Neurodegenerative diseases affecting the macula constitute a major cause of incurable vision loss and exhibit considerable clinical and genetic heterogeneity, from early-onset monogenic disease to multifactorial late-onset age-related macular degeneration (AMD). As part of our continued efforts to define genetic causes of macular degeneration, we performed whole exome sequencing in four individuals of a two-generation family with autosomal dominant maculopathy and identified a rare variant p.Glu1144Lys in Fibrillin 2 (FBN2), a glycoprotein of the elastin-rich extracellular matrix (ECM). Sanger sequencing validated the segregation of this variant in the complete pedigree, including two additional affected and one unaffected individual. Sequencing of 192 maculopathy patients revealed additional rare variants, predicted to disrupt FBN2 function. We then undertook additional studies to explore the relationship of FBN2 to macular disease. We show that FBN2 localizes to Bruch's membrane and its expression appears to be reduced in aging and AMD eyes, prompting us to examine its relationship with AMD. We detect suggestive association of a common FBN2 non-synonymous variant, rs154001 (p.Val965Ile) with AMD in 10 337 cases and 11 174 controls (OR = 1.10; P-value = 3.79 × 10(-5)). Thus, it appears that rare and common variants in a single gene--FBN2--can contribute to Mendelian and complex forms of macular degeneration. Our studies provide genetic evidence for a key role of elastin microfibers and Bruch's membrane in maintaining blood-retina homeostasis and establish the importance of studying orphan diseases for understanding more common clinical phenotypes.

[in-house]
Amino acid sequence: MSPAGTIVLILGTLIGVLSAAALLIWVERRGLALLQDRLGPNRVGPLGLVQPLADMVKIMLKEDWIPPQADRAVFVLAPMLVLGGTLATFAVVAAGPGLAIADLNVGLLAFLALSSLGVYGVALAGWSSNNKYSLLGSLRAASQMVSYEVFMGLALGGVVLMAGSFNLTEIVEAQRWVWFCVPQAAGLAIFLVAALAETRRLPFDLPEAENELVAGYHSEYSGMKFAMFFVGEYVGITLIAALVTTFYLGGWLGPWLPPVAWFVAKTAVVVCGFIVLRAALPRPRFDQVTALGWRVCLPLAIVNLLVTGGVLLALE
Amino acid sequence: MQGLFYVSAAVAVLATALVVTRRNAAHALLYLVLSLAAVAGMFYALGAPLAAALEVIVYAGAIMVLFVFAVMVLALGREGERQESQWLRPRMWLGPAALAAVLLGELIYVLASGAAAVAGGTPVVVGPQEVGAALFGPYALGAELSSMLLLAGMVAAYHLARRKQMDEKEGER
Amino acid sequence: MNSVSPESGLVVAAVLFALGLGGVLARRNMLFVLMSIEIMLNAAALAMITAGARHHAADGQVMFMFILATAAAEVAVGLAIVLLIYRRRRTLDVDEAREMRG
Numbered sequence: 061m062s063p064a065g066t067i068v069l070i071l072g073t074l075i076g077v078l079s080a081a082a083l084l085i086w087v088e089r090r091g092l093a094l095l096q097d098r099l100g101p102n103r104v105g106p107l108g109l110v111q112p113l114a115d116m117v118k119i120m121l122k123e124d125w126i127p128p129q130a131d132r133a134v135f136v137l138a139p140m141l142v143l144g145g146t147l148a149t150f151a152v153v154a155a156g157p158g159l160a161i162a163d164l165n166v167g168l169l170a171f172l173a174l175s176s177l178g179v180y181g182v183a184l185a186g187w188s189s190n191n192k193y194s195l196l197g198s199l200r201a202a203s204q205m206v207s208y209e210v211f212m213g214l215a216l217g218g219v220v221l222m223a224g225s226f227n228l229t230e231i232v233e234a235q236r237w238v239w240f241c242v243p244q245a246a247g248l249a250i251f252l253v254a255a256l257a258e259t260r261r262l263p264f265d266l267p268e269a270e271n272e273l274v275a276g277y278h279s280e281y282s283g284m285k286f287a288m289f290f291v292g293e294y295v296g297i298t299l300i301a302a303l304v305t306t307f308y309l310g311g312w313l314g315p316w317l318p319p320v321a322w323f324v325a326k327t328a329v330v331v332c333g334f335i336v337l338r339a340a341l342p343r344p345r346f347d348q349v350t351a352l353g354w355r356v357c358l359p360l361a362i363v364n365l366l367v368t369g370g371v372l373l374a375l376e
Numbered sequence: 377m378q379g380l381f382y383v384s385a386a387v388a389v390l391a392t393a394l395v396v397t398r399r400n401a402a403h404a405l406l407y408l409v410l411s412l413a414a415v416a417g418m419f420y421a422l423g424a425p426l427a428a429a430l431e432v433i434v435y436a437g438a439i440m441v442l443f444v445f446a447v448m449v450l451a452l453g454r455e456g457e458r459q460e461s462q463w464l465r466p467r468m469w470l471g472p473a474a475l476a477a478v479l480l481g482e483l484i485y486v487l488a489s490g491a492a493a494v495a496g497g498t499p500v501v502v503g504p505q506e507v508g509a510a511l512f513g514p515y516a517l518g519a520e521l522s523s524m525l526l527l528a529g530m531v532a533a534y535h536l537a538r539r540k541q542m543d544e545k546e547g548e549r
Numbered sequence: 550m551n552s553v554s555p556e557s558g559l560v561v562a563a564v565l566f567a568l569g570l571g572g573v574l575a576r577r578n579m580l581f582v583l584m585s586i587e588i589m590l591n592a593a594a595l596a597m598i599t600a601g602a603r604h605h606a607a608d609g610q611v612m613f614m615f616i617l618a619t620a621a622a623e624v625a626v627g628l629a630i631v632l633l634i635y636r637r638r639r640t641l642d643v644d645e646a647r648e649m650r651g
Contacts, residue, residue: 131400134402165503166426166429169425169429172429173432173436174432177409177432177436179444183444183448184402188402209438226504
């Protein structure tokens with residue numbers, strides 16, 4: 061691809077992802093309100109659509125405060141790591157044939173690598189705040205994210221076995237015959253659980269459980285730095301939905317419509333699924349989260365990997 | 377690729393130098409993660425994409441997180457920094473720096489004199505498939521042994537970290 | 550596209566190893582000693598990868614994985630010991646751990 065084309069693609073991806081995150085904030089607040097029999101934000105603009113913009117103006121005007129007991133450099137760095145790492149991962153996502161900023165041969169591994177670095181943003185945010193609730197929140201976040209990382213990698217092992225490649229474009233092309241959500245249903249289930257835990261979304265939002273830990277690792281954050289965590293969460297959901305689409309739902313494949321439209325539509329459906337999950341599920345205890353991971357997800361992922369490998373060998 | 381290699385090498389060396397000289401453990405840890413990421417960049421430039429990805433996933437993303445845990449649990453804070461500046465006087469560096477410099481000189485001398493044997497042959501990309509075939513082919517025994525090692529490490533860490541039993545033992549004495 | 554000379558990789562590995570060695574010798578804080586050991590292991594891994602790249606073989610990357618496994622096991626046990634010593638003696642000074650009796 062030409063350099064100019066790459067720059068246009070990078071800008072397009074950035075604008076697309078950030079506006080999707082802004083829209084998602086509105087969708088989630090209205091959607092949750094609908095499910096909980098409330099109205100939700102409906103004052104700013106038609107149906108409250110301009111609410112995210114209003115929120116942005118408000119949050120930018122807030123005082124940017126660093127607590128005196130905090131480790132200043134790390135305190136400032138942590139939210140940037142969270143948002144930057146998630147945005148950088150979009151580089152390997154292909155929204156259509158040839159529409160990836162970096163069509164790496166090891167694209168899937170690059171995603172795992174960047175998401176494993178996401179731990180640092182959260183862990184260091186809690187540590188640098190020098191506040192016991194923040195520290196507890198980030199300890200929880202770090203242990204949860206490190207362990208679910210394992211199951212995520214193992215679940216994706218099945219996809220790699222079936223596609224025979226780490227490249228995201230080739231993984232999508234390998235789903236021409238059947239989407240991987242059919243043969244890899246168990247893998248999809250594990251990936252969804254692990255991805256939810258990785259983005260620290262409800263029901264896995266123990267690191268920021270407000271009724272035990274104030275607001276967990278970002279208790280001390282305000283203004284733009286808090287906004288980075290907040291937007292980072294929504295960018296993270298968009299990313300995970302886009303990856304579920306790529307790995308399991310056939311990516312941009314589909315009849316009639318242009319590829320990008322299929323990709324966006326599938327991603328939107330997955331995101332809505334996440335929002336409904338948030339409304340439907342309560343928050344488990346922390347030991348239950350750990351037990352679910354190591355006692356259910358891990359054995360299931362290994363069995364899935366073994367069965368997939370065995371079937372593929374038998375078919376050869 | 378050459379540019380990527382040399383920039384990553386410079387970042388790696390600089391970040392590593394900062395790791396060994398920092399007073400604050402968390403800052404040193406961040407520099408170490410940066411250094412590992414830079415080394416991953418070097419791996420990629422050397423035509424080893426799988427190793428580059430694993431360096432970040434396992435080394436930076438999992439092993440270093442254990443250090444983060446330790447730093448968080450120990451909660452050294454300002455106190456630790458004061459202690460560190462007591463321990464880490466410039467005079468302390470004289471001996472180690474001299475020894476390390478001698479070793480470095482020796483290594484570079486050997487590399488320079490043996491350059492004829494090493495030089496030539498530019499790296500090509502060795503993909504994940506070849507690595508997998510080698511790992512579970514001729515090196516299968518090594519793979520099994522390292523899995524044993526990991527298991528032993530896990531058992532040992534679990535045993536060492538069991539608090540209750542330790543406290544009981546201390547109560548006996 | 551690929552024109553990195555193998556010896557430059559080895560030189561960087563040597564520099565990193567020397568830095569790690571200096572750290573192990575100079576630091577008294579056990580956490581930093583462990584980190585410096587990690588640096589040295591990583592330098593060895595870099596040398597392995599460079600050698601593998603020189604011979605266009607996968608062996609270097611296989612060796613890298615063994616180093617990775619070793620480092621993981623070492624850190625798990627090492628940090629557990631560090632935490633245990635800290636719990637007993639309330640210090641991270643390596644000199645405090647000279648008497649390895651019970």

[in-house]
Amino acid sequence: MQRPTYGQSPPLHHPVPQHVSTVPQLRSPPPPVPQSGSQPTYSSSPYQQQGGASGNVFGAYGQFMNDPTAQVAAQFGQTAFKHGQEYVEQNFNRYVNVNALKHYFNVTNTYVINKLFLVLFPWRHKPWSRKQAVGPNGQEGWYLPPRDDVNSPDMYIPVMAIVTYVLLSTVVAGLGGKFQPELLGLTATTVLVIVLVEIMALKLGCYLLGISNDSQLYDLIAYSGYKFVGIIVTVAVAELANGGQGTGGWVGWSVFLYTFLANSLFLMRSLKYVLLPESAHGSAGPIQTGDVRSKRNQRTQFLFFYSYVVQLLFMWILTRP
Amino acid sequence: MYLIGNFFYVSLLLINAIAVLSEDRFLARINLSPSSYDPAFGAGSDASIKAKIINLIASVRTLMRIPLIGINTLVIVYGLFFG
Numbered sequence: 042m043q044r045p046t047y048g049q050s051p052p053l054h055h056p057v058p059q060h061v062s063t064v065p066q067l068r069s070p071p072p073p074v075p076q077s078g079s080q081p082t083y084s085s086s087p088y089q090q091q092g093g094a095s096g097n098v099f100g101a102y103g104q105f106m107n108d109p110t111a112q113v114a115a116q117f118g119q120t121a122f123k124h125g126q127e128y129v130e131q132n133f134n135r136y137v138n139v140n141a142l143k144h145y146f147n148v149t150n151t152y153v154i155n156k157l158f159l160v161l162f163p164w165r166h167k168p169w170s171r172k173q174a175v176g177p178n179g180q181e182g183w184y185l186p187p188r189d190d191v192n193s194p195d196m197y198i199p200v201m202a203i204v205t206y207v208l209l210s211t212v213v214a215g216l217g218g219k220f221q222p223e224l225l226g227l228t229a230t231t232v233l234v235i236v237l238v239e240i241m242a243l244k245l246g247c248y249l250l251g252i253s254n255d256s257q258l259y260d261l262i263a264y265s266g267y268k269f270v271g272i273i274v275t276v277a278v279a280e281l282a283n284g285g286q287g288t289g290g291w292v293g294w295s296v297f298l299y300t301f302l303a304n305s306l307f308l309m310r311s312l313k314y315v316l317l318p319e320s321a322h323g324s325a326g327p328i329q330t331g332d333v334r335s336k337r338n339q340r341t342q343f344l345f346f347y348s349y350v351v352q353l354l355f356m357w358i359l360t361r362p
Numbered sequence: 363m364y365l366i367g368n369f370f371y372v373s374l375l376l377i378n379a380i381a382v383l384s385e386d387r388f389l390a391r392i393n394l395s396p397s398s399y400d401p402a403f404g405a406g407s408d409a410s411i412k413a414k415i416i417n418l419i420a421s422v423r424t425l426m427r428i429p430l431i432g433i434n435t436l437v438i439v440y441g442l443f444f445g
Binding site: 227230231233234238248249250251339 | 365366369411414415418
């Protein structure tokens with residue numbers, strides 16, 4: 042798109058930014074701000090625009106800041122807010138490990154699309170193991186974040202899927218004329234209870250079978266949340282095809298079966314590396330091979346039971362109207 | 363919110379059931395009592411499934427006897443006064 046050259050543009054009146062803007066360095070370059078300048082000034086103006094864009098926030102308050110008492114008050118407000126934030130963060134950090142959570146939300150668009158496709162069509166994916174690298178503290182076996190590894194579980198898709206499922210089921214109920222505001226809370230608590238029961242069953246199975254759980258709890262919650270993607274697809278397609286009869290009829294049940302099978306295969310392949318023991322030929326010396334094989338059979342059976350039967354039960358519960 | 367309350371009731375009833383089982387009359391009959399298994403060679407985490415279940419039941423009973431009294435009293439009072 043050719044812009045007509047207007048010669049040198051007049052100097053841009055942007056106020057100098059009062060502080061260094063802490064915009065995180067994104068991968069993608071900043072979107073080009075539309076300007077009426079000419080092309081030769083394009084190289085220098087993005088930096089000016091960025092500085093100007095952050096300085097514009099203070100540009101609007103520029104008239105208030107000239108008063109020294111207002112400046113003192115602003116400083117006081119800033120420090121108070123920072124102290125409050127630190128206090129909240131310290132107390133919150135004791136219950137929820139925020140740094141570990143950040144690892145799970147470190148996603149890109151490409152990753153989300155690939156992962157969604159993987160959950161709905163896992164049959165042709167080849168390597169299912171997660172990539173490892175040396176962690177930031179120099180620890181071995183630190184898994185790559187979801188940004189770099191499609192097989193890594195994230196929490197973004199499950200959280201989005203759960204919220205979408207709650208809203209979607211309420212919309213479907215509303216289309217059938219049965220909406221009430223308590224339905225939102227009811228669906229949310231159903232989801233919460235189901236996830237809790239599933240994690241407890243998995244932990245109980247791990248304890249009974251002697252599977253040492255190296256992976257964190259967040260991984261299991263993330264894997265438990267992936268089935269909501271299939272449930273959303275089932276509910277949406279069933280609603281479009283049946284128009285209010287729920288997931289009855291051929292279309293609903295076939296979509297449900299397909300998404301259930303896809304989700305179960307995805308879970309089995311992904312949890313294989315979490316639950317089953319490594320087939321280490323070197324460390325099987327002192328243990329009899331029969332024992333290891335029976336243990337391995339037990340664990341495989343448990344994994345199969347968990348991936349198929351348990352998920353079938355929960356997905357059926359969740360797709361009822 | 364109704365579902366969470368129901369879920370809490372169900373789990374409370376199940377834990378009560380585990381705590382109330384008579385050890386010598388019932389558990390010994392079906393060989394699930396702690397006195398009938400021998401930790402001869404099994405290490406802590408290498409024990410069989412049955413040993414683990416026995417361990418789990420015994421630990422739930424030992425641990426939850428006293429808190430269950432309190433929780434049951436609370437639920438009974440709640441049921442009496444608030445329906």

Published by Oxford University Press 2014. This work is written by (a) US Government employee(s) and is in the public domain in the US.